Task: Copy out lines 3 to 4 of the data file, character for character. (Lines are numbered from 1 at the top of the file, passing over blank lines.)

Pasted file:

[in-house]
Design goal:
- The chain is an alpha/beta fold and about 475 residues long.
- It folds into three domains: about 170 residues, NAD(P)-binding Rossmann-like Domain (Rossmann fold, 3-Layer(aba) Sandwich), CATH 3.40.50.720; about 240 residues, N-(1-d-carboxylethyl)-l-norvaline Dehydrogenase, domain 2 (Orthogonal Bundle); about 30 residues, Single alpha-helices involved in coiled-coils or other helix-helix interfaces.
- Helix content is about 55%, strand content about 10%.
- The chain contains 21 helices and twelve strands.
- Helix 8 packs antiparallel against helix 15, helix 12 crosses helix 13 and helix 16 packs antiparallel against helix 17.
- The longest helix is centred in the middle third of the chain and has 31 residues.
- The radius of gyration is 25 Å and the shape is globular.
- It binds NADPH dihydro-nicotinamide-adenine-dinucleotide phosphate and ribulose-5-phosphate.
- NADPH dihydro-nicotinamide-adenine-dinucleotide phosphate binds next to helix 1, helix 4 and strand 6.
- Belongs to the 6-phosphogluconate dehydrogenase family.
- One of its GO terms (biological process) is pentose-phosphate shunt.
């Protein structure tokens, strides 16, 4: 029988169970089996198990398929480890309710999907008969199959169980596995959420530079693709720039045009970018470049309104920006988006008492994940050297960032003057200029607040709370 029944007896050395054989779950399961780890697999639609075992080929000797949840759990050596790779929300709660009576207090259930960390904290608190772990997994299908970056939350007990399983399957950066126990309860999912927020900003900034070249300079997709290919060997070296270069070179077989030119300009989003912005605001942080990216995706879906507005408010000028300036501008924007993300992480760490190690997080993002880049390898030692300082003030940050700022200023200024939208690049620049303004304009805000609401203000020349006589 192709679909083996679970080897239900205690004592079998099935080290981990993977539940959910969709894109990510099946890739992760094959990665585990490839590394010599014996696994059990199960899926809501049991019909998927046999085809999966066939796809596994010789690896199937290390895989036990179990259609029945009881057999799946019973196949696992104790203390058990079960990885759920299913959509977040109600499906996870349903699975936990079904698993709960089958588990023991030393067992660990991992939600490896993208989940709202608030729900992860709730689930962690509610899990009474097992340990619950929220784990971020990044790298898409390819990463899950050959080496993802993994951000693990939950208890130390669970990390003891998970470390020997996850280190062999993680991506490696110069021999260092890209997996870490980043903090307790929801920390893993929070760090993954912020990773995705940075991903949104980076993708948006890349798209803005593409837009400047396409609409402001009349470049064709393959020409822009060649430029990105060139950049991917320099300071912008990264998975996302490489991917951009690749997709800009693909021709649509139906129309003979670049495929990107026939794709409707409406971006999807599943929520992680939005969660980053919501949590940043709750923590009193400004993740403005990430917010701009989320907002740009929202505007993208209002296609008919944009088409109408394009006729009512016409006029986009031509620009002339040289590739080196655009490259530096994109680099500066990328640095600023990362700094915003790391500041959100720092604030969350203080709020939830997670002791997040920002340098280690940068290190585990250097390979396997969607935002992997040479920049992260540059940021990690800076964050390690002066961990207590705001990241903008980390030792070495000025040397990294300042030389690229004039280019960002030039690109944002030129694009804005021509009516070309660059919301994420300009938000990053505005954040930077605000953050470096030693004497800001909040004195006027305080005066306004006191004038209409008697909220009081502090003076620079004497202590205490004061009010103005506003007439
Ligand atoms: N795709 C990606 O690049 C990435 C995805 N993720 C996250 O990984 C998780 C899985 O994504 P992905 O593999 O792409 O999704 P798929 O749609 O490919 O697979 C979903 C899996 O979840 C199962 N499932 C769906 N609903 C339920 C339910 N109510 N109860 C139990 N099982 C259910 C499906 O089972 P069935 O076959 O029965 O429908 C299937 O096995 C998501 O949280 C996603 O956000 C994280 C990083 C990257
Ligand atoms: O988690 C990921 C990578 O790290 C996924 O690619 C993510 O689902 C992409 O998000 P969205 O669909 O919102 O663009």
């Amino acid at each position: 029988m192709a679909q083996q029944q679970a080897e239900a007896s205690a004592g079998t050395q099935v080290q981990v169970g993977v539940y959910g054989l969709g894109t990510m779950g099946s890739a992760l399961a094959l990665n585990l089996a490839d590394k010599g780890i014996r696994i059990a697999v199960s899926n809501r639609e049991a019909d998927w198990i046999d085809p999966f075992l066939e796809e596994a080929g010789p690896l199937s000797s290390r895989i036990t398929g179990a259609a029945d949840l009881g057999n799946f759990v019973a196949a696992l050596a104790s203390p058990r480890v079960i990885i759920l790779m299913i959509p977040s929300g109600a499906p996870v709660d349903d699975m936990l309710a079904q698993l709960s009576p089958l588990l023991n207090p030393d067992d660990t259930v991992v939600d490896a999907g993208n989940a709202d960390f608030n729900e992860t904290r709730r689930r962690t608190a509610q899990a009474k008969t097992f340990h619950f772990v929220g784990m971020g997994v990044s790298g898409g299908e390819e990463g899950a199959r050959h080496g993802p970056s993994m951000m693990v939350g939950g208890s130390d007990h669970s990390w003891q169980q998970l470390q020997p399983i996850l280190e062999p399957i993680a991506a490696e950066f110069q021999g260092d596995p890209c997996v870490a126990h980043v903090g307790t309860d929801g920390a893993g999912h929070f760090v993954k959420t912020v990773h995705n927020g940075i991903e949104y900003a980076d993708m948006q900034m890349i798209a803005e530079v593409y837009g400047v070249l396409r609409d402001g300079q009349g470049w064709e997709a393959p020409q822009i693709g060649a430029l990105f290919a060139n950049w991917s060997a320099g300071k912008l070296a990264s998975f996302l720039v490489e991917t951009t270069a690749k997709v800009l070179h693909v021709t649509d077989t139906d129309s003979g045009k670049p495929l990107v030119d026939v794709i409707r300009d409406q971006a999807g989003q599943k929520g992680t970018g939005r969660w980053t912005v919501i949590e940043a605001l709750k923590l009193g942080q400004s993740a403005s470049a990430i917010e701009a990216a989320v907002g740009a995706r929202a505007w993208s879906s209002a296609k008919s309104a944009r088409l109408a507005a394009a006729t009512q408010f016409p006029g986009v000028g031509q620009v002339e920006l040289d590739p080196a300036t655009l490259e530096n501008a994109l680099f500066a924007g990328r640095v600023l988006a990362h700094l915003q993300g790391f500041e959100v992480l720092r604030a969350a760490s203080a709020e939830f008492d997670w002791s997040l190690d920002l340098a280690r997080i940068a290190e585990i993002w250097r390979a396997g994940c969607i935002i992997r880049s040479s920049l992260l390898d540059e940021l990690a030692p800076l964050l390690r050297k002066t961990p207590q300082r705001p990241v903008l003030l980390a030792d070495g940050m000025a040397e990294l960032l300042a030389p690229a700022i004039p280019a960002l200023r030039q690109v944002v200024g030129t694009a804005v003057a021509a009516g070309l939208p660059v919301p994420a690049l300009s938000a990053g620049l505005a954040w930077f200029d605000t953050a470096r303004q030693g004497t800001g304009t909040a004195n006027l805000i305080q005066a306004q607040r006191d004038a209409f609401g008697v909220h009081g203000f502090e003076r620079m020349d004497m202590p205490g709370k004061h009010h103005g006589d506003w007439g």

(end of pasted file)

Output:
- The chain is an alpha/beta fold and about 475 residues long.
- It folds into three domains: about 170 residues, NAD(P)-binding Rossmann-like Domain (Rossmann fold, 3-Layer(aba) Sandwich), CATH 3.40.50.720; about 240 residues, N-(1-d-carboxylethyl)-l-norvaline Dehydrogenase, domain 2 (Orthogonal Bundle); about 30 residues, Single alpha-helices involved in coiled-coils or other helix-helix interfaces.